Some local attorneys question Peerwani's willingness to go along with Fort Worth police on cases involving deaths by Taser. And there's some controversy about Peerwani's work for the federal women's prison hospital at Carswell. Judges, attorneys, former inmates, and families of inmates who died at Carswell or at local hospitals are outraged about the poor quality of the prison's medical care, which evidence suggests has led to many deaths. And yet, because Peerwani's private company holds the contract to do Carswell autopsies, families of inmates can't get copies of his findings on the deaths of their loved ones.

Columnist Bob Ray Sanders writes:

Speaking of the April 18th tasing death of Jacobs, who was also diagnosed as bipolar and schizoid, Columnist Bob Ray Sanders writes: “While that seems like a long time, we do want the medical examiner’s office to get it right.” Sanders recommends that the Fort Worth Police Department issue a moratorium “on the use of Tasers until there is another thorough review of the department’s policies on the stun guns and until there can be more independent analyses of their effectiveness versus their danger. For the most part we’ve depended on the manufacturer’s analysis.”


The taser death ruling as “a homicide”, coming from a world renowned Medical Examiner needs our attention. The Taser Death Case of Michael Jacobs Jr. will go before a Grand Jury.

Who will present the case?

District Attorney Joe Shannon said his office will review reports from police and Peerwani and present a case to a grand jury to determine what, if any, charge the officer might face. The grand jury likely will also hear testimony from witnesses.

Shannon emphasized that the homicide ruling does not necessarily mean that anyone will be charged with a crime.

“The word homicide does not mean crime,” he said. “It just means that the death involved another person.”

Charges involving death typically range from criminally negligent homicide to murder, but there are many other possibilities, Shannon said.

"There are probably 20 possibilities that could come out of this," Shannon said. "I don’t know if it will be any."


Answer: When it is done with impunity and without consequences.

Someone must be held responsible for the death of an innocent man by lethal application of an officer’s weapon. Who is responsible for the death of the innocent, mentally ill Michael Jacobs?

Previously, Fort Worth Police Chief Jeff Halstead supported the officer’s use of force, as being consistent with department policies.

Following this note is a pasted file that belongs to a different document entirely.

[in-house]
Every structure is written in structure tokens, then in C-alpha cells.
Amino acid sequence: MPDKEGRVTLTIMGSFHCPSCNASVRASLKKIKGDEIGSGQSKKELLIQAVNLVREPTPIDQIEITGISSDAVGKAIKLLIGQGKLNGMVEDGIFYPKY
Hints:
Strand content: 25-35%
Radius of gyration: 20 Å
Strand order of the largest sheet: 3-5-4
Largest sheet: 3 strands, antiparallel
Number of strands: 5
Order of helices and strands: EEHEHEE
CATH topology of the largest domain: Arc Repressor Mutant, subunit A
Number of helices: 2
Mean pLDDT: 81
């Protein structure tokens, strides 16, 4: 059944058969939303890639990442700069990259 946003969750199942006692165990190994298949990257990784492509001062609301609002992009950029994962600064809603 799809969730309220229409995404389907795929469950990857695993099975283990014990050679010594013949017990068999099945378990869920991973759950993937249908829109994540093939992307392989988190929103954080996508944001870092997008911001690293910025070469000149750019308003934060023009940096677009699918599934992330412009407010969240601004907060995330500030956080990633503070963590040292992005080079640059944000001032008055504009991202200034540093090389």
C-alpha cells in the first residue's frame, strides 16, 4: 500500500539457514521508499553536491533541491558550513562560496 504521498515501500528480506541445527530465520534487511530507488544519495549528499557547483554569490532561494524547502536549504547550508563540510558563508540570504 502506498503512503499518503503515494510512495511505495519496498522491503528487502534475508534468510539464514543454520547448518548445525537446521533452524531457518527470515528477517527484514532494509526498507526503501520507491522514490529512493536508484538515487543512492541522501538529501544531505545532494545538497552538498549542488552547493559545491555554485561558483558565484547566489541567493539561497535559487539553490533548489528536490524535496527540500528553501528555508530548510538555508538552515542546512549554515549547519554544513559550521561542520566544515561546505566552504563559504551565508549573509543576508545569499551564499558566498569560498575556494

If policies for taser deployment were followed, as claimed, and it resulted in “homicide”, have we legalized “homicide” in the hands of the police?

And, what of these “20 possibilities” of homicide, are they saying there is an invention called “accidental homicide” defense?

Clearly, the district attorney has no heart for this… as does no one else in the community. But the facts must be laid bare, and the chips fall where they may. Let Justice reign instead.

If the Fort Worth Police Department still supports the policy and officer in question, then their only defense would be that they were “duped” by TASER International’s sales pitch of non-lethality.


“Taser International is always concerned when a death tragically occurs in police custody. While we have not been provided a copy of the medical examiner’s report, we continue to stand by the safety of our Taser technology,” said Steve Tuttle, Taser International’s vice president of communications.

Someone Must Take Responsibility for an Innocent Man’s Death

The Jacobs Family has endured emotional trauma and financial hardship since the death of their son. Four months of waiting for a ruling is too long for settling an insurance death claim, out of which comes funeral expenses and debt. And, only lately, as an after thought, the family gets condolences from the Chief of Police.

Who will pay the death damages? How much is Michael Jacobs’s life worth to the City of Fort Worth? Is the police department liable for wrongful death?